Eat Well, Live Long – An interview with my naturopath

Posted on December 16, 2009


Two of the easiest (and cheapest!) things you can do to manage your health are -exercise & -eat well. Of late, there has been a massive over-saturation of food-products that claim to help “lower this!” or “increase your fiber intake that!” (very few of which actually are what they claim). This over-saturation does make it more challenging to know what is truly healthy from what is only claiming to be so, however, all these products do indicate that we are taking an ever longer glance at our health & wellness, and how food plays a role in the management of it.

This week, we are so fortunate to have Dr. John D. Turner granting us an interview on how food, specifically gluten, plays a role in the improving or declining health of individuals. His interview sheds light on “optimal wellness” for non-athletes & athletes alike!

Dr. Turner has been the person to treat & guide me to good health through homeopathic, nutritional & supportive services. He also was the Dr. to diagnose my gluten intolerance after many different Dr.’s wrote my symptoms off as “just the way you’re built,” “take this pill for the rest of your life,” or as not really being a ‘big’ issue, even though I felt like my wellness was an important issue to me. I owe him the world & he’s been kind enough to share some insights in this interview. Please enjoy!

Kate: Dr. Turner, in 1 or 2 sentences, what is/are your practice philosophy(s) as relating to the care of ones’ health?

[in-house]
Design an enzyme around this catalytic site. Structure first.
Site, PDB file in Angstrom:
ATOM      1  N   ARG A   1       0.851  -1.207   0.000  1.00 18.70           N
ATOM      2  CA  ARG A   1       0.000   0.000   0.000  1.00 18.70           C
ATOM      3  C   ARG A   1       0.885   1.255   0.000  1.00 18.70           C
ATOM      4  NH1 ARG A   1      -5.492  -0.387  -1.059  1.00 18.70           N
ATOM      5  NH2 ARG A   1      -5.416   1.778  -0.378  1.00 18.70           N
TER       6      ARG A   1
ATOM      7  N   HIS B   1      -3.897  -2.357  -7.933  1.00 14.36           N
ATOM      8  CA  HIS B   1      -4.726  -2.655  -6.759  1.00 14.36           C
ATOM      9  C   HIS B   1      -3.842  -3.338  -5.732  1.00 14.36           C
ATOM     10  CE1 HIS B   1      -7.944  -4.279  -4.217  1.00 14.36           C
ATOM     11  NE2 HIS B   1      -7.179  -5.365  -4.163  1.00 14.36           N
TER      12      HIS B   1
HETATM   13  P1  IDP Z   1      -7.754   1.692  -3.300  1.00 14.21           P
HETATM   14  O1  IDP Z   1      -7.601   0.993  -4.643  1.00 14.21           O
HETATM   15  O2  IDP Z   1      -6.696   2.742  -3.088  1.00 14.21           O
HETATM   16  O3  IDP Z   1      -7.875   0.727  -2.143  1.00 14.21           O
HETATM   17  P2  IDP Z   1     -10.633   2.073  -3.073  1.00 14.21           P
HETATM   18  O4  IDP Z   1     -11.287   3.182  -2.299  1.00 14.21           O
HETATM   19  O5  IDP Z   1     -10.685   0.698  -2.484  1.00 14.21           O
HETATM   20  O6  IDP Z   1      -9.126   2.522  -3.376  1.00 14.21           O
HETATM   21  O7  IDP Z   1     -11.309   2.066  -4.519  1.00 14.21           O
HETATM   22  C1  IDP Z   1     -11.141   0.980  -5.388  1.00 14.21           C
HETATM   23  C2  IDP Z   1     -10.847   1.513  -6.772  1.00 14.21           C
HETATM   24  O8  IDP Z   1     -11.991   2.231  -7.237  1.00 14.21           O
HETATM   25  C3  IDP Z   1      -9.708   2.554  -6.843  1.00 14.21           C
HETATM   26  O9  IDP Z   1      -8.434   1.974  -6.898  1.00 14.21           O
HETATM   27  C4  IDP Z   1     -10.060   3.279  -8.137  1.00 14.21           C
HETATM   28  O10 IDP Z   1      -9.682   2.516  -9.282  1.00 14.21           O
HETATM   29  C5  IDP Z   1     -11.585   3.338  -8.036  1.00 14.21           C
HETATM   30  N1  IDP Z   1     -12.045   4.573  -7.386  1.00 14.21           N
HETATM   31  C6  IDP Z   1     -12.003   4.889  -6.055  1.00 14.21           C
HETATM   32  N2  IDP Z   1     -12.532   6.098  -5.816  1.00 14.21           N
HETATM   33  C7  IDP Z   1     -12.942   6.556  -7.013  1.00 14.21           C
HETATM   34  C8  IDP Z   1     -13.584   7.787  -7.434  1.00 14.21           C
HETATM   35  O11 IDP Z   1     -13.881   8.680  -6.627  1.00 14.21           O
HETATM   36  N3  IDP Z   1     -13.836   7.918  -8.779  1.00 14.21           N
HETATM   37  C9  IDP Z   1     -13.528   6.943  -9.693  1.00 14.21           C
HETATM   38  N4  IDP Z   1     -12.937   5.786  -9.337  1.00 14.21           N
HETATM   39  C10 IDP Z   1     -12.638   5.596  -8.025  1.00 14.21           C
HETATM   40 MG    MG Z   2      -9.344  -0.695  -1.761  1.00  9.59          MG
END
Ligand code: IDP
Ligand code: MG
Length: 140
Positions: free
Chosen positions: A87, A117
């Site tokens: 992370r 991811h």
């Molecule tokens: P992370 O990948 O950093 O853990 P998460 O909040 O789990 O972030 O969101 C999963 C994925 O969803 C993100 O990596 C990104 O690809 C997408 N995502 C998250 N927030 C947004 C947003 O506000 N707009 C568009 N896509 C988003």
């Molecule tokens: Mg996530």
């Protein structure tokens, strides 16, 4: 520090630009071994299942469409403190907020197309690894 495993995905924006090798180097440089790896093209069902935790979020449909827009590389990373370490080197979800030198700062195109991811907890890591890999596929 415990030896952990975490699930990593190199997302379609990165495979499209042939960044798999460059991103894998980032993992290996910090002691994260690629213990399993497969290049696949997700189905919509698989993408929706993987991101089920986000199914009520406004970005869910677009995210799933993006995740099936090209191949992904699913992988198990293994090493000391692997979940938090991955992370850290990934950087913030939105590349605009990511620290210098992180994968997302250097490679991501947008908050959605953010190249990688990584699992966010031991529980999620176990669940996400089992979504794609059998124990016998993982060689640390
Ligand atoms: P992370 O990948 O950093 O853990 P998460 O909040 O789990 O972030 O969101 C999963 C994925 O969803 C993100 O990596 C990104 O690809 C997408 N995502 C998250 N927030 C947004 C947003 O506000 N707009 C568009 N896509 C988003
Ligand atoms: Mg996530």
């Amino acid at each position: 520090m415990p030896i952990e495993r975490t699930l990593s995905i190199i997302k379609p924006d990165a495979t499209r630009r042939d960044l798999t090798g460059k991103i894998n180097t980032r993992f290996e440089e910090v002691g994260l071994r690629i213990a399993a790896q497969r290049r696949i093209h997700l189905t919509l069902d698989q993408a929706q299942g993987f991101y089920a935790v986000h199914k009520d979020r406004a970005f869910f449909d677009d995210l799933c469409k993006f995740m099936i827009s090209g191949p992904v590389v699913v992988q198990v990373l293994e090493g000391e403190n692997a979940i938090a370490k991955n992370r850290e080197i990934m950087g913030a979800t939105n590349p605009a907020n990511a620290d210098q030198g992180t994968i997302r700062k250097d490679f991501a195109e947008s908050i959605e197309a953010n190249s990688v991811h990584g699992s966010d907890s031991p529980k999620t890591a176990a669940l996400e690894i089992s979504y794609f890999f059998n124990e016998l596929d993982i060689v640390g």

Dr. Turner: Health is a balance of the structural, nutritional, & emotional aspects of our beings. You cannot influence one part of the triangle without affecting the other two.

Kate: Celiacs’ disease is portrayed as a fairly UNcommon issue…is this true? What % of the pop has Celiacs? Can you estimate a % that has it & does not know it?

Dr. Turner: Uncommon? No. Poorly Diagnosed? Yes. Statistically it is diagnosed in 1 of every 200 individuals or 0.5% of the population, but that is the extreme form of the disease & only discovered through invasive diagnostic techniques. There are some estimates that say as much as 40% of the population could have some form of Celiacs’ disease & not be aware of it.

 Kate: Why kind of issues/symptoms can gluten create in the body for someone with gluten intolerance/Celiacs’ & for someone without intolerance of any kind?

 Dr. Turner: One of the reasons its poorly diagnosed is that the vast majority of the symptoms are not gastrointestinal. Headaches are one of the most common non-GI symptoms. There is a 20% decrease in blood flow to the frontal lobe of the brain during a gluten sensitivity reaction. Because of the constant stress on the immune system, the adrenal glands are eventually depleted and a host of problems can occur…anything from hypothyroid function to hormone imbalances to hypoglycemia.

Kate: Gluten intolerance is a very real issue to me and many people, however, it’s been written about as some catchall name for when a person feels better in body/mind/or spirit after cutting grains from their diet & that it is not actually diagnosable (from, 2009). Would you give me your thoughts on this statement & also how you can diagnose gluten intolerance?